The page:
1 Suspect released
As the number of victims in the Brussels suicide attacks rose to 35, Belgian police released a video of a mysterious man in a dark hat seen in the company of the bombers who attacked Brussels Airport, indicating that he is still at large. "Police are seeking to identify this man," the Belgian Federal Police's website said. The video's release came as a Belgian magistrate also ruled that a man identified as Faycal C., who was arrested during the police raids that followed the March 22 attacks, could be released. Faycal C. was among those taken into custody and facing preliminary terror charges. Belgian media had claimed the man was the mysterious suspect in the white jacket and dark hat spotted with the two bombers at the airport the morning of the attacks. But the Belgian magistrate ruled that new evidence uncovered by investigators revealed there were no grounds to keep Faycal C. in custody.
2 Fidel's swipe
Fidel Castro responded to US President Barack Obama's historic trip to Cuba with a long, bristling letter recounting the history of US aggression against Cuba, writing that "we don't need the empire to give us any presents".
The 1500-word letter in state media titled "Brother Obama" was Castro's first response to the President's three-day visit last week, in which the American president said he had come to bury the two countries' history of Cold War hostility. Obama did not meet the 89-year-old Fidel Castro on the trip but met his 84-year-old brother Raul Castro, the current Cuban President. Fidel Castro writes of Obama: "My modest suggestion is that he reflects and doesn't try to develop theories about Cuban politics". Castro, who led Cuba for decades before handing power to his brother in 2008.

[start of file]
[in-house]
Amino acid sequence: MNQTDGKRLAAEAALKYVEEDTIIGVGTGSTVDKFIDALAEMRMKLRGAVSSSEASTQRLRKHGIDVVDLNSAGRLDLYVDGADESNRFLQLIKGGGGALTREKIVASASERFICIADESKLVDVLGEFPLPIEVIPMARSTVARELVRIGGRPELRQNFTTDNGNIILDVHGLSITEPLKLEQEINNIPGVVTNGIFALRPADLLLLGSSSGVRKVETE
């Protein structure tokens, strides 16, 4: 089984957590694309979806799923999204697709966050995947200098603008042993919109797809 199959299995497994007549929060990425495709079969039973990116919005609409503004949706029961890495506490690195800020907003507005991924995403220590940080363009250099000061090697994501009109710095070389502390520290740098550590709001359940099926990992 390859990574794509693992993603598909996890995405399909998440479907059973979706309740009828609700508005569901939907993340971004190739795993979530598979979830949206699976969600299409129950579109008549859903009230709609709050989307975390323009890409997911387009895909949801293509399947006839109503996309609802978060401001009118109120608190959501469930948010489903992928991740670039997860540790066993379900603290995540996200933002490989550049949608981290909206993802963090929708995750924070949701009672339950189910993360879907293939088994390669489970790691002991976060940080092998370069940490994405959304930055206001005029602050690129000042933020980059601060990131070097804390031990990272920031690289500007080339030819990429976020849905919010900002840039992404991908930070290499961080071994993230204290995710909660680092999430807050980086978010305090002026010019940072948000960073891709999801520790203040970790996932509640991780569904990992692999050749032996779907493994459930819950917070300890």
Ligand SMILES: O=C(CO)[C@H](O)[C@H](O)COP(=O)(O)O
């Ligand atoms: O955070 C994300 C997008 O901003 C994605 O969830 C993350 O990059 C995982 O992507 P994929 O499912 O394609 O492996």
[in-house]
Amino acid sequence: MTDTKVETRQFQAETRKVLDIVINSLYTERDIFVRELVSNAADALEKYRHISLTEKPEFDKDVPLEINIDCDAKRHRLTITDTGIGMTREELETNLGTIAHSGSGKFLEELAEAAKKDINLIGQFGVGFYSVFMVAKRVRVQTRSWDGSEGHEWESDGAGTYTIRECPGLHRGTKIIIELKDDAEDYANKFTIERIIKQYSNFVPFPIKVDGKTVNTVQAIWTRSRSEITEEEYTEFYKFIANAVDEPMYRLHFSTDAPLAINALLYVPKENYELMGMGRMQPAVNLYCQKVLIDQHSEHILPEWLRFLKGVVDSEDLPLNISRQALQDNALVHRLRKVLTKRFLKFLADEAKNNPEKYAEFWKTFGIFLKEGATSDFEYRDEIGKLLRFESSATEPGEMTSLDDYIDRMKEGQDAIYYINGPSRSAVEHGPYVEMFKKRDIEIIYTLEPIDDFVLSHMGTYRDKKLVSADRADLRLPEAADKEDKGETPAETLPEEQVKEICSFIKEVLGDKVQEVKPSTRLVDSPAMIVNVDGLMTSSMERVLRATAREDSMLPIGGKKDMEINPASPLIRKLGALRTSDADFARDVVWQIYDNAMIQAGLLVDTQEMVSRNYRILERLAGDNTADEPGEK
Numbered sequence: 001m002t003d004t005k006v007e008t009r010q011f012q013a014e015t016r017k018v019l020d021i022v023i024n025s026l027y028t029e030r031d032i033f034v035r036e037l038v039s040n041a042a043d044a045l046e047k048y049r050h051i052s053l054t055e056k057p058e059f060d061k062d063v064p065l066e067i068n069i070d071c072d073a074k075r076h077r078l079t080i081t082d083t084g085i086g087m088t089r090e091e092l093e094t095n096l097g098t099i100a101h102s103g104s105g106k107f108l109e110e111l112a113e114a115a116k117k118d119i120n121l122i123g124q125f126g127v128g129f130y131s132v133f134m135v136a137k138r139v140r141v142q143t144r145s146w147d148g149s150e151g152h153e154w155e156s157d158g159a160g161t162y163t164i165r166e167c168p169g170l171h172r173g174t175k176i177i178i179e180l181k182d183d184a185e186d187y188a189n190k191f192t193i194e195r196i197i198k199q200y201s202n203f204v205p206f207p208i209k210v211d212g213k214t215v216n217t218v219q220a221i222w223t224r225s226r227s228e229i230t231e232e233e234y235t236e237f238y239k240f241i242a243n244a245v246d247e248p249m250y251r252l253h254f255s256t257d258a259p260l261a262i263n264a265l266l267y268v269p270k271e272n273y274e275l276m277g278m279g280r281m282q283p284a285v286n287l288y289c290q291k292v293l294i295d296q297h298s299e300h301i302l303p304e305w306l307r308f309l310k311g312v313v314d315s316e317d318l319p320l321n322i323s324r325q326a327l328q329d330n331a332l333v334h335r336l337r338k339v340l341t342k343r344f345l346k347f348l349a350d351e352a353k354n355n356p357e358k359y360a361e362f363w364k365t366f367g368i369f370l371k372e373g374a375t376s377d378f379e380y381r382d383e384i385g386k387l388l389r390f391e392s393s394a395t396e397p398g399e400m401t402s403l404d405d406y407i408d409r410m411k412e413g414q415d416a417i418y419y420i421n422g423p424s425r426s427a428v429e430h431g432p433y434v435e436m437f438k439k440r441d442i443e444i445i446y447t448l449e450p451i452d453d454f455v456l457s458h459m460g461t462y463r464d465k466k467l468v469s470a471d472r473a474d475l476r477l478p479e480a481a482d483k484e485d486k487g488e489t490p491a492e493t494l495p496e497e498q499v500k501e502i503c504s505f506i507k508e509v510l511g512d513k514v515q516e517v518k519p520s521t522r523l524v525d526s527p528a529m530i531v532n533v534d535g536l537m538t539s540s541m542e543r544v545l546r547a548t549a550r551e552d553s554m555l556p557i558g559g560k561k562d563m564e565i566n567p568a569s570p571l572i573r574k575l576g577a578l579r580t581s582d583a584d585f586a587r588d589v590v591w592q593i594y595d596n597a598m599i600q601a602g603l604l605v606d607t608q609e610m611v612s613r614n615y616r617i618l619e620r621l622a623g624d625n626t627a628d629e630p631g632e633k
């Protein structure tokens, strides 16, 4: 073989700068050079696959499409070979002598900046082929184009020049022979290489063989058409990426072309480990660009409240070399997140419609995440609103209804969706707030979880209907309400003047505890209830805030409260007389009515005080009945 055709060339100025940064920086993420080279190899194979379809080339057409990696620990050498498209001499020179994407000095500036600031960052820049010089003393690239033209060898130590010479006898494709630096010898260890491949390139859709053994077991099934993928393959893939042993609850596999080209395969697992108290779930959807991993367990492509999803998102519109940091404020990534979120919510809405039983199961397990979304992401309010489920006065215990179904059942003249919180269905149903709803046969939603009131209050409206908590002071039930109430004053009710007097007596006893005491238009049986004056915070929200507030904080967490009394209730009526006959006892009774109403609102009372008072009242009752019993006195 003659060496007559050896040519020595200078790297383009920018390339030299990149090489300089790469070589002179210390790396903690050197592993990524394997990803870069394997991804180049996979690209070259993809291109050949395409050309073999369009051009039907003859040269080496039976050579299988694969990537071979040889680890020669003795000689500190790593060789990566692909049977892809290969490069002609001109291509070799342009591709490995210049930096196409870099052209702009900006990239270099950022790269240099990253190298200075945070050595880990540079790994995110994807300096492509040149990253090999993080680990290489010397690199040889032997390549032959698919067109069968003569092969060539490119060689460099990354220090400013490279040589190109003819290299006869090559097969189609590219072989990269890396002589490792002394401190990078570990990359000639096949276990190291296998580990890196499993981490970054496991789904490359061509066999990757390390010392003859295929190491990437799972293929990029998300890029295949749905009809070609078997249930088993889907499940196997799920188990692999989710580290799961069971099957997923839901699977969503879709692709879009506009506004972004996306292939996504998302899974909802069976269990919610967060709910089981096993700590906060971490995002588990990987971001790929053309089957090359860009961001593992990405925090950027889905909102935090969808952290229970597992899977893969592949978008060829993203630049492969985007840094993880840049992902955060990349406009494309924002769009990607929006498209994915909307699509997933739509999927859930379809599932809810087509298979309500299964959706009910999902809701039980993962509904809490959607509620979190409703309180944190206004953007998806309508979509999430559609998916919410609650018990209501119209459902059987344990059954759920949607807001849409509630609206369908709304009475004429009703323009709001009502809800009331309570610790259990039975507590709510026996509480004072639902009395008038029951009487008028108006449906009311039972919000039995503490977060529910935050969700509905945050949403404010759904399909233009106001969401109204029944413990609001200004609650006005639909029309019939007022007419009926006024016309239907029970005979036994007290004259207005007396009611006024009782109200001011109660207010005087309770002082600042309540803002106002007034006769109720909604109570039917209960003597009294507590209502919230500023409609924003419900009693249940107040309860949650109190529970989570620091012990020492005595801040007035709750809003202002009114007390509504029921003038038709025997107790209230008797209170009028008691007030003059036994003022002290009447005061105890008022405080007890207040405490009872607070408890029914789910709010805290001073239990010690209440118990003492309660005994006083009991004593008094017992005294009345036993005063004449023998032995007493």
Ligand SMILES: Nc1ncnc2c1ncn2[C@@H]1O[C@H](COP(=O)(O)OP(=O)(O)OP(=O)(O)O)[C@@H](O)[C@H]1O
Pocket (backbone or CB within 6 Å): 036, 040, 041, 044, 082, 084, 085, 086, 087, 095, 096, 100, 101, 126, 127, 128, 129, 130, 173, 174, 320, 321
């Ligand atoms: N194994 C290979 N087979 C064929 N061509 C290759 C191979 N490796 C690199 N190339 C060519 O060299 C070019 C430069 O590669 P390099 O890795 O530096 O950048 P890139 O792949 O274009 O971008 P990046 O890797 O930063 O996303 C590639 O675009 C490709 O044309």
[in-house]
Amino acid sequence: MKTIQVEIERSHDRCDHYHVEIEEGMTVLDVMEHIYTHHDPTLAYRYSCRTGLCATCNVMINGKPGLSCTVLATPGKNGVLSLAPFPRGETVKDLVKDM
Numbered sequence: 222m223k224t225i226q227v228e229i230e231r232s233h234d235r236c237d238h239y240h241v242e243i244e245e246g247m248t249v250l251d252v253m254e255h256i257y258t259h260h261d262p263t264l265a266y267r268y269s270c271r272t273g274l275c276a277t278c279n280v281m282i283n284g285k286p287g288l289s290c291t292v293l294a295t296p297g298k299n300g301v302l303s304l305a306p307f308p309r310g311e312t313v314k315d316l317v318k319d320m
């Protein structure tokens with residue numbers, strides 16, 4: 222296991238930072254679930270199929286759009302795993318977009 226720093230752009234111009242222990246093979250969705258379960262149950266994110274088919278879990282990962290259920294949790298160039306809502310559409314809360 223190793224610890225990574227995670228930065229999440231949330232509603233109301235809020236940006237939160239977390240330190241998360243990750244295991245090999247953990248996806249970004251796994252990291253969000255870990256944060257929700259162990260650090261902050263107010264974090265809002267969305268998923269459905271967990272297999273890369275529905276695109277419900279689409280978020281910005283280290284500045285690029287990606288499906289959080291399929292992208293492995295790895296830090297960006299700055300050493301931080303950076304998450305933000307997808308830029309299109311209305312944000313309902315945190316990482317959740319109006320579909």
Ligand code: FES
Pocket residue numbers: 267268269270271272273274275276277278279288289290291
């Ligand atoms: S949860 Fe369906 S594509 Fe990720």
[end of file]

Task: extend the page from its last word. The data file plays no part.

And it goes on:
3 Japan sticks to no to nukes
Japan's Government said that it will stick to its policy of not possessing nuclear weapons, after US presidential hopeful Donald Trump said he would be open to the idea of Japan and South Korea having their own atomic arsenals. Japanese Chief Cabinet Secretary Yoshihide Suga told reporters that the country's "three principles" of not owning, making or allowing nuclear weapons "remain an important basic policy of the Government". South Korean Defence Ministry spokesman Moon Sang Gyun said he had no comment on Trump's remarks. He said South Korea believes that its alliance with the US remains strong.
4 Punjab crackdown